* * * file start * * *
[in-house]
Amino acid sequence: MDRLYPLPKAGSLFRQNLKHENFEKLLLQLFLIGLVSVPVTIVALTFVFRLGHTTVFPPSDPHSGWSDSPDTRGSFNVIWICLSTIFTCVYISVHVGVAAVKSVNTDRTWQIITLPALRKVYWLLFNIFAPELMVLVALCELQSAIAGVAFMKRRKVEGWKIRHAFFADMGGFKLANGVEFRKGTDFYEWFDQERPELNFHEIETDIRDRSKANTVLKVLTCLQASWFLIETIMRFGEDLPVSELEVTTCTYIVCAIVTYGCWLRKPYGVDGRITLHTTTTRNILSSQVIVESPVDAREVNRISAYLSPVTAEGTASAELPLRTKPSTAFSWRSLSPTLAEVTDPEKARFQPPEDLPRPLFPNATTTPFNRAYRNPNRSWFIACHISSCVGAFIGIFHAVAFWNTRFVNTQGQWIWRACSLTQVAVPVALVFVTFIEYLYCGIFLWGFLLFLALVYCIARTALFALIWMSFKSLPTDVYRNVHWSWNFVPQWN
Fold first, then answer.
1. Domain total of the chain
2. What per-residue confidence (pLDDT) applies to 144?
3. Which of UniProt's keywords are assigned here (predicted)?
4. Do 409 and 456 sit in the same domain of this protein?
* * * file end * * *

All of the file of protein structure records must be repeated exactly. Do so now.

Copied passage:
[in-house]
Amino acid sequence: MDRLYPLPKAGSLFRQNLKHENFEKLLLQLFLIGLVSVPVTIVALTFVFRLGHTTVFPPSDPHSGWSDSPDTRGSFNVIWICLSTIFTCVYISVHVGVAAVKSVNTDRTWQIITLPALRKVYWLLFNIFAPELMVLVALCELQSAIAGVAFMKRRKVEGWKIRHAFFADMGGFKLANGVEFRKGTDFYEWFDQERPELNFHEIETDIRDRSKANTVLKVLTCLQASWFLIETIMRFGEDLPVSELEVTTCTYIVCAIVTYGCWLRKPYGVDGRITLHTTTTRNILSSQVIVESPVDAREVNRISAYLSPVTAEGTASAELPLRTKPSTAFSWRSLSPTLAEVTDPEKARFQPPEDLPRPLFPNATTTPFNRAYRNPNRSWFIACHISSCVGAFIGIFHAVAFWNTRFVNTQGQWIWRACSLTQVAVPVALVFVTFIEYLYCGIFLWGFLLFLALVYCIARTALFALIWMSFKSLPTDVYRNVHWSWNFVPQWN
Fold first, then answer.
1. Domain total of the chain
2. What per-residue confidence (pLDDT) applies to 144?
3. Which of UniProt's keywords are assigned here (predicted)?
4. Do 409 and 456 sit in the same domain of this protein?